A very confusing topic! Don’t worry I figured it out. =] I will go over topics such as: Networks, Coverage, Technology, Resellers, Roaming, Lifeline (Free low income smart phone and monthly service), Prepaid, Cellphone hardware, Unlocking, Voice over IP (VOIP), Credo Mobile, Google Voice, Google Fi, Republic Wireless & Freedompop. All in the context of living in Nevada County.
Networks: There are four major networks in the USA: Verizon, ATT, T-mobile, and Sprint. I will refer to these 4 as networks.
Coverage: They all have different coverage in different areas. In order to be sure which is best for you, you can consult their maps. ask people you know, use aggregate crowd-sourced coverage map apps (Like OpenSignal or Sensorly), or test the different networks yourself.
Technologies: On top of the four networks they mainly use two wireless technologies 3g and 4g. (simplified; reality is much more complicated with different frequencies being used for most networks and technologies). Most networks have, or are in the process of shutting down their 2G networks. (AT&T shut its 2G GSM network down on December 31, 2016. ). The coverage can be very different for these as well. Very old phones don’t use 4g, and some very new phones don’t use 3g. I will call these technologies.
Resellers: To further complicate the issue. There are hundreds of companies that resell service on these networks, usually for cheaper. These are called MVNOs or Mobile Virtual Network Operators. I will call these providers, resellers, carriers, or companies. What complicates it further is that resellers like Straight talk actually resell service on all four networks. They pick one for you based on either your location or the phone they want to sell you. More info here:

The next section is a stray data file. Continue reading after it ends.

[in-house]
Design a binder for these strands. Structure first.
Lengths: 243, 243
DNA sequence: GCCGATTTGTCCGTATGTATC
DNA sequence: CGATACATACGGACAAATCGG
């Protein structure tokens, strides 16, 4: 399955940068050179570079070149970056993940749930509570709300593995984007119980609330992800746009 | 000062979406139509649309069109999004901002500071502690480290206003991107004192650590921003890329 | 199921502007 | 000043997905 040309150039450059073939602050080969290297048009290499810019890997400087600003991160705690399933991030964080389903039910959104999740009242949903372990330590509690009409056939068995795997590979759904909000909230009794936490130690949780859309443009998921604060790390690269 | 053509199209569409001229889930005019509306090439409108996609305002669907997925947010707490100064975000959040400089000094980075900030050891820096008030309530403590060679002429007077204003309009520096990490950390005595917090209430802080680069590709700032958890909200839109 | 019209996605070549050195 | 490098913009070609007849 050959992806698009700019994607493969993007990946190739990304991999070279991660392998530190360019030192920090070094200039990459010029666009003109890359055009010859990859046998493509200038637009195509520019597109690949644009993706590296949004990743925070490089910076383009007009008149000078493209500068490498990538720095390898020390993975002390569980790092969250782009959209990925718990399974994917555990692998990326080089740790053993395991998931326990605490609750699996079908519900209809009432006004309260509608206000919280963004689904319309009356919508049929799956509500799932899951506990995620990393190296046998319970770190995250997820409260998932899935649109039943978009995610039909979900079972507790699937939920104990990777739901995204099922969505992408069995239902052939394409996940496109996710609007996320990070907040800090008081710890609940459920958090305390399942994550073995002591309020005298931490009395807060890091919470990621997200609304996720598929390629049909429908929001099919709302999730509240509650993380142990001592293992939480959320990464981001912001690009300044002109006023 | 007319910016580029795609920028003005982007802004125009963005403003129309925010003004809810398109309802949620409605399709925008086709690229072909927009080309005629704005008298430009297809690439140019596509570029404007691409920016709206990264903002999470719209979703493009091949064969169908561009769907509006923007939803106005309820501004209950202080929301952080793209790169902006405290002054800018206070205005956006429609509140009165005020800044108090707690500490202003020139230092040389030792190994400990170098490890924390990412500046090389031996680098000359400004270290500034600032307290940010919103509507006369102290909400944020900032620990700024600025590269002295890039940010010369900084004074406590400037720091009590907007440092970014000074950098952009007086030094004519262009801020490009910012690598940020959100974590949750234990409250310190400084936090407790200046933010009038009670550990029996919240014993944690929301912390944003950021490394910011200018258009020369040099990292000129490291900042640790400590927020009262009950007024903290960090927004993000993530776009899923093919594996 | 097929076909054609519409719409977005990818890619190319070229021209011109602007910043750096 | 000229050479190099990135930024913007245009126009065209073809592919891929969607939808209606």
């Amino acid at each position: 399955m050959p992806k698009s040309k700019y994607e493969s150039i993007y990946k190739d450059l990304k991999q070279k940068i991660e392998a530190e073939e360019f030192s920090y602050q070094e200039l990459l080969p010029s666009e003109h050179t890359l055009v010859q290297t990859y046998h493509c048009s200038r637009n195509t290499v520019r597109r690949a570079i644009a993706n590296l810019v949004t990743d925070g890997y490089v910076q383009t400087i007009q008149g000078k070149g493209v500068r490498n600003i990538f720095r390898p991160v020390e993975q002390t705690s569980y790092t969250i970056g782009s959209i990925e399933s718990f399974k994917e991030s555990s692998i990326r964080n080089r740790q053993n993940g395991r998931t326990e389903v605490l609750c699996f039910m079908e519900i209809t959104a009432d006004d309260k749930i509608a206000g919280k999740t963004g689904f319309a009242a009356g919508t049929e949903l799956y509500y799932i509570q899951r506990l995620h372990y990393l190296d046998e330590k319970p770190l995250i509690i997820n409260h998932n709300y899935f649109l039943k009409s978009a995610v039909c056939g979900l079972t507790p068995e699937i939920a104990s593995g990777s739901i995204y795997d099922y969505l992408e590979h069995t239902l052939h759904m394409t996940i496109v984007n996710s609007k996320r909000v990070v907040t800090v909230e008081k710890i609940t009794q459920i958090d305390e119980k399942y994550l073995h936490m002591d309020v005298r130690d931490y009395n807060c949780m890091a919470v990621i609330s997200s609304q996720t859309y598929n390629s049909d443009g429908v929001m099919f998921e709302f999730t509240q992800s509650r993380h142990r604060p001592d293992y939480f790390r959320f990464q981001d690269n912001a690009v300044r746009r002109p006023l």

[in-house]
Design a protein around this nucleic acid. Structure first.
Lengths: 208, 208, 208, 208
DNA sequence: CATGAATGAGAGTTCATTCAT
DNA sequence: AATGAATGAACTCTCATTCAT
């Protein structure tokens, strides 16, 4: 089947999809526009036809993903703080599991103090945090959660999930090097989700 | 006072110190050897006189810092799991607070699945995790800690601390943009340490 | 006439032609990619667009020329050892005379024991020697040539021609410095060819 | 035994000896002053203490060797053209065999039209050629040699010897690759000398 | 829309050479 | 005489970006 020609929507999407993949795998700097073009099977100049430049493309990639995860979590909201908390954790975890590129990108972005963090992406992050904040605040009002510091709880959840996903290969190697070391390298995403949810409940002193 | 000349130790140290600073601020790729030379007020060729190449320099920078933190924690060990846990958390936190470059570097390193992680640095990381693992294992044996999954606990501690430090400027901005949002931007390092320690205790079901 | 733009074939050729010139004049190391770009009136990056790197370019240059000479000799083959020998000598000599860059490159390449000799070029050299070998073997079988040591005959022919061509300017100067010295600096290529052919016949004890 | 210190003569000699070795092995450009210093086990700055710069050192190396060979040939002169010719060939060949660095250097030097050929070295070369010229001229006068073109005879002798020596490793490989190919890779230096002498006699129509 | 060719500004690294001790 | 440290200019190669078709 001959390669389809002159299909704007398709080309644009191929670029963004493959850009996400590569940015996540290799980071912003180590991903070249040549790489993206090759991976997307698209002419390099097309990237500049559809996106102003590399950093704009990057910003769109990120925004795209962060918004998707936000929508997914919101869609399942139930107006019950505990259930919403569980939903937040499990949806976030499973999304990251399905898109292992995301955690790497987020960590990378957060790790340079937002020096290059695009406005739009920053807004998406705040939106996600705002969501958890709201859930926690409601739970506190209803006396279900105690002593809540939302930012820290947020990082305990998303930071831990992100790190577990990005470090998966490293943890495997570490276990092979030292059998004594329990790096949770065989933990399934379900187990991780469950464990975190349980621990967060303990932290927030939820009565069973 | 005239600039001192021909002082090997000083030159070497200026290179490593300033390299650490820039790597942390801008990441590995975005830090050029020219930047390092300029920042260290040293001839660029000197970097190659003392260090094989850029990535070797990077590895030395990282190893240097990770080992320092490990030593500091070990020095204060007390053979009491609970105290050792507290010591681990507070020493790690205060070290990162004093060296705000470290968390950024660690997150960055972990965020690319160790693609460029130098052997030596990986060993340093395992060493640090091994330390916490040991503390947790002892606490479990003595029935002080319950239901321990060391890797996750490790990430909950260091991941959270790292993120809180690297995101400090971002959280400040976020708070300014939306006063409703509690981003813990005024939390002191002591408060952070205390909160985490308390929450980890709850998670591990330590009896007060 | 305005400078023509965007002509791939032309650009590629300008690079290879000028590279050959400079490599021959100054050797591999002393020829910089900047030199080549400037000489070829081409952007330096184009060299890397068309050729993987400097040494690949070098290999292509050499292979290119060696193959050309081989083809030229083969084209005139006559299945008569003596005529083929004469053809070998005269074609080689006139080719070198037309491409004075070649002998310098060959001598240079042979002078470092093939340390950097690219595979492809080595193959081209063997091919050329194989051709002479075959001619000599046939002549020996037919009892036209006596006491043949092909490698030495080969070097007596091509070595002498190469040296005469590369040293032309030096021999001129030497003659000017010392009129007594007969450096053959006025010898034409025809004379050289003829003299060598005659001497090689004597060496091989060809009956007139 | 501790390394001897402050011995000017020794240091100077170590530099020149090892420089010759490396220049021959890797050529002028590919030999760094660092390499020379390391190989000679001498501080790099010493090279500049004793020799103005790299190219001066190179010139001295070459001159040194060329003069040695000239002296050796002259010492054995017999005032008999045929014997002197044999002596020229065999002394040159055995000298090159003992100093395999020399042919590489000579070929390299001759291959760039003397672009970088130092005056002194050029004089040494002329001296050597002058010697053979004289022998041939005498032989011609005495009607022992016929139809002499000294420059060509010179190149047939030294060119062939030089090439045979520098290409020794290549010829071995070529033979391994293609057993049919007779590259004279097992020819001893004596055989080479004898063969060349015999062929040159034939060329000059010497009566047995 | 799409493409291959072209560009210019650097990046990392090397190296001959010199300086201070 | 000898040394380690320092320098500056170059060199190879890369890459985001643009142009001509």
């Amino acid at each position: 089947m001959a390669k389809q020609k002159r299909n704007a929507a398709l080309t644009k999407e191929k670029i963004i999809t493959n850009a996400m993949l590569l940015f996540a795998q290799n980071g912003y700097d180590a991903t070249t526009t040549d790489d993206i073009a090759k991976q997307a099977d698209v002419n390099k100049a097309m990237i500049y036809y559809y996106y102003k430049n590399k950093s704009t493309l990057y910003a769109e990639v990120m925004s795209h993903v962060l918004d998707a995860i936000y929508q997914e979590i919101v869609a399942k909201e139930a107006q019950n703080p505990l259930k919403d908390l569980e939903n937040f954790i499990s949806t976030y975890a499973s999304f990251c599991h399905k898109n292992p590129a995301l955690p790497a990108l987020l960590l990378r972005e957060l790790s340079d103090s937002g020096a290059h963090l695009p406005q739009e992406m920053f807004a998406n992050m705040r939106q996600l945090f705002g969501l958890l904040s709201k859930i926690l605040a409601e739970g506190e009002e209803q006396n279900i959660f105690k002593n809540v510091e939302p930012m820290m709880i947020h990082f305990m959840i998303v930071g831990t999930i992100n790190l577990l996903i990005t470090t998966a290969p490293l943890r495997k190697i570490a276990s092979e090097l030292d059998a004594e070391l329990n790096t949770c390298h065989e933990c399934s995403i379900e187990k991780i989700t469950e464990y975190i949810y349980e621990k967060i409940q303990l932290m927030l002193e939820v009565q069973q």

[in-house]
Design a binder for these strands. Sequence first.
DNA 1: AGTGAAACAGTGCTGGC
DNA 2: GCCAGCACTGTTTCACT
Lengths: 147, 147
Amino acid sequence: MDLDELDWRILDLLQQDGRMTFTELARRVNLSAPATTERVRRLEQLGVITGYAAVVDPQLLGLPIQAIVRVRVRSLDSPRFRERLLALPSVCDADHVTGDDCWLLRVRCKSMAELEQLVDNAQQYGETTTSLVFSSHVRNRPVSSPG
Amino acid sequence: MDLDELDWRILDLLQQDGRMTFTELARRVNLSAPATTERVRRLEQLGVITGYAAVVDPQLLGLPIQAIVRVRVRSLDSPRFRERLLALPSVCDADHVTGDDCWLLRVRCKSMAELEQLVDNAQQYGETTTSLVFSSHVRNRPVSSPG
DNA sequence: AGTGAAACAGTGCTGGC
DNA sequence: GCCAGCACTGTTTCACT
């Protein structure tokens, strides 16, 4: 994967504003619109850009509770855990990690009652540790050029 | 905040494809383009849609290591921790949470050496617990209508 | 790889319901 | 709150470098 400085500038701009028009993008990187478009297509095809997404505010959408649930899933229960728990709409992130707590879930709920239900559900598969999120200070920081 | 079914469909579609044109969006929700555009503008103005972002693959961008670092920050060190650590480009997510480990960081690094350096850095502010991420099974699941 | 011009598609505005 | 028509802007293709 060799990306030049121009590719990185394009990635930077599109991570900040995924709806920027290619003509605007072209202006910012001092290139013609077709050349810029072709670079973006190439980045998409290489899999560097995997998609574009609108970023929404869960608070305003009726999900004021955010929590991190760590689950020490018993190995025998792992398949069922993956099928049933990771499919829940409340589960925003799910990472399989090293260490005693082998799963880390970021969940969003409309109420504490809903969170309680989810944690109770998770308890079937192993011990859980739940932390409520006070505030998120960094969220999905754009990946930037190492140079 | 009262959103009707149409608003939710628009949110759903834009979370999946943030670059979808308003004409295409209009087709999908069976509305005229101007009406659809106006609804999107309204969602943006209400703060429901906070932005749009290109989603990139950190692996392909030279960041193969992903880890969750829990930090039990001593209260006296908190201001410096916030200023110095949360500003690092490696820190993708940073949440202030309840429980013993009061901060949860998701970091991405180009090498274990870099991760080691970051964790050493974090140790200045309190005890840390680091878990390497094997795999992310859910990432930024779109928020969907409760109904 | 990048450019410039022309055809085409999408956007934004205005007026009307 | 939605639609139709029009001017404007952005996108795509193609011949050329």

One really mystifying piece is that if you are one of the hundreds of resellers of these four major networks, a stipulation of your service agreement is that you cannot tell your customer which network/s you are reselling. They also don’t disclose their roaming partners. As a customer you have to figure that out yourself. One great resource is Wikipedia. A page I’ve contributing to quite a bit. =] Especially in the low income lifeline section for California. You can find the company you’re wondering about here:
Roaming: In addition every company may have different roaming partners as well. This means that if your phone is compatible, and the networks are compatible you may hop networks when you don’t have your primary network available. Only If your carrier and that carrier are partners. Some have no roaming partners. Some charge you for roaming. Some don’t.
Lifeline: If you are low income, you can get a free smart phone and service on whichever network you prefer. Through the lifeline program that was started way back for landlines. Find a service to sign up for here: